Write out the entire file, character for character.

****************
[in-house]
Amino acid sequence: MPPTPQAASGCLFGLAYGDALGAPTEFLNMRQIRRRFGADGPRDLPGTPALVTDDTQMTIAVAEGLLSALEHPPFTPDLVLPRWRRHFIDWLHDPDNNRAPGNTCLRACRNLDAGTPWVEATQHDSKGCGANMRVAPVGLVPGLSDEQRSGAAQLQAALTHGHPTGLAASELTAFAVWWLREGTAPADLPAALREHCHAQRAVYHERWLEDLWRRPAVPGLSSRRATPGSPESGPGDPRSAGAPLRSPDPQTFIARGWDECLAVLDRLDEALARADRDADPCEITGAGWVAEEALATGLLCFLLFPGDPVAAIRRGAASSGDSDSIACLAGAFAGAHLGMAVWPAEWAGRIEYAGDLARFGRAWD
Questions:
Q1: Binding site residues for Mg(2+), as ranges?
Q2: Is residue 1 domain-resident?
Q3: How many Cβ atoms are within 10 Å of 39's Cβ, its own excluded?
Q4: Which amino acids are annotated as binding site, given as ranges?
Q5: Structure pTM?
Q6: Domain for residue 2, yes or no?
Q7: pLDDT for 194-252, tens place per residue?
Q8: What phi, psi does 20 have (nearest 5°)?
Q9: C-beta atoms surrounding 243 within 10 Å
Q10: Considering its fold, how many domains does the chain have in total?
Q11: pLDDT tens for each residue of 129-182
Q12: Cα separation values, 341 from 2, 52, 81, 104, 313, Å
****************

[in-house]
Amino acid sequence: MPPTPQAASGCLFGLAYGDALGAPTEFLNMRQIRRRFGADGPRDLPGTPALVTDDTQMTIAVAEGLLSALEHPPFTPDLVLPRWRRHFIDWLHDPDNNRAPGNTCLRACRNLDAGTPWVEATQHDSKGCGANMRVAPVGLVPGLSDEQRSGAAQLQAALTHGHPTGLAASELTAFAVWWLREGTAPADLPAALREHCHAQRAVYHERWLEDLWRRPAVPGLSSRRATPGSPESGPGDPRSAGAPLRSPDPQTFIARGWDECLAVLDRLDEALARADRDADPCEITGAGWVAEEALATGLLCFLLFPGDPVAAIRRGAASSGDSDSIACLAGAFAGAHLGMAVWPAEWAGRIEYAGDLARFGRAWD
Questions:
Q1: Binding site residues for Mg(2+), as ranges?
Q2: Is residue 1 domain-resident?
Q3: How many Cβ atoms are within 10 Å of 39's Cβ, its own excluded?
Q4: Which amino acids are annotated as binding site, given as ranges?
Q5: Structure pTM?
Q6: Domain for residue 2, yes or no?
Q7: pLDDT for 194-252, tens place per residue?
Q8: What phi, psi does 20 have (nearest 5°)?
Q9: C-beta atoms surrounding 243 within 10 Å
Q10: Considering its fold, how many domains does the chain have in total?
Q11: pLDDT tens for each residue of 129-182
Q12: Cα separation values, 341 from 2, 52, 81, 104, 313, Å